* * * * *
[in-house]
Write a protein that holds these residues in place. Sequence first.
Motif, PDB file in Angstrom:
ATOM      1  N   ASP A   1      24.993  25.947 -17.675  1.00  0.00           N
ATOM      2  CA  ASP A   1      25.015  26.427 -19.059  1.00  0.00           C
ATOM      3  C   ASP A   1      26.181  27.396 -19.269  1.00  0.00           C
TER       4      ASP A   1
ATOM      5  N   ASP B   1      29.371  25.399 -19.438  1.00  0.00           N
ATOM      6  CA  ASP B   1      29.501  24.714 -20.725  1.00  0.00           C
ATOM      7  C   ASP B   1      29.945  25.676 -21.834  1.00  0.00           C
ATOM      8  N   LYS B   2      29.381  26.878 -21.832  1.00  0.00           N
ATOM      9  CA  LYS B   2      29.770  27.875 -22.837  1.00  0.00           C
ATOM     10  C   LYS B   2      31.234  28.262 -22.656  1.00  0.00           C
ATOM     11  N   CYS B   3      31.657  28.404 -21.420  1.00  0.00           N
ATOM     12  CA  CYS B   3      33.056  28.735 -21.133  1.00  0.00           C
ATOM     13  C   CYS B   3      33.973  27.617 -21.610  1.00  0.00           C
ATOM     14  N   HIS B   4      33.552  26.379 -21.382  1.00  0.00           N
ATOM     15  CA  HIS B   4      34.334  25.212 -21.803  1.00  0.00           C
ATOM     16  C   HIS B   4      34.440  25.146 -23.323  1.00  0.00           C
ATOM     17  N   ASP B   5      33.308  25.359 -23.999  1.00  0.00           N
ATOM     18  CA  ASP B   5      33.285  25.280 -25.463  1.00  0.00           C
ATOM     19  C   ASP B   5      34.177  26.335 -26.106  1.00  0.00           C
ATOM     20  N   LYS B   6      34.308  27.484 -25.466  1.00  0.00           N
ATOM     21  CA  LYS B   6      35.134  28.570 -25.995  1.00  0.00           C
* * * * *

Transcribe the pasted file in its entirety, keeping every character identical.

[in-house]
Write a protein that holds these residues in place. Sequence first.
Motif, PDB file in Angstrom:
ATOM      1  N   ASP A   1      24.993  25.947 -17.675  1.00  0.00           N
ATOM      2  CA  ASP A   1      25.015  26.427 -19.059  1.00  0.00           C
ATOM      3  C   ASP A   1      26.181  27.396 -19.269  1.00  0.00           C
TER       4      ASP A   1
ATOM      5  N   ASP B   1      29.371  25.399 -19.438  1.00  0.00           N
ATOM      6  CA  ASP B   1      29.501  24.714 -20.725  1.00  0.00           C
ATOM      7  C   ASP B   1      29.945  25.676 -21.834  1.00  0.00           C
ATOM      8  N   LYS B   2      29.381  26.878 -21.832  1.00  0.00           N
ATOM      9  CA  LYS B   2      29.770  27.875 -22.837  1.00  0.00           C
ATOM     10  C   LYS B   2      31.234  28.262 -22.656  1.00  0.00           C
ATOM     11  N   CYS B   3      31.657  28.404 -21.420  1.00  0.00           N
ATOM     12  CA  CYS B   3      33.056  28.735 -21.133  1.00  0.00           C
ATOM     13  C   CYS B   3      33.973  27.617 -21.610  1.00  0.00           C
ATOM     14  N   HIS B   4      33.552  26.379 -21.382  1.00  0.00           N
ATOM     15  CA  HIS B   4      34.334  25.212 -21.803  1.00  0.00           C
ATOM     16  C   HIS B   4      34.440  25.146 -23.323  1.00  0.00           C
ATOM     17  N   ASP B   5      33.308  25.359 -23.999  1.00  0.00           N
ATOM     18  CA  ASP B   5      33.285  25.280 -25.463  1.00  0.00           C
ATOM     19  C   ASP B   5      34.177  26.335 -26.106  1.00  0.00           C
ATOM     20  N   LYS B   6      34.308  27.484 -25.466  1.00  0.00           N
ATOM     21  CA  LYS B   6      35.134  28.570 -25.995  1.00  0.00           C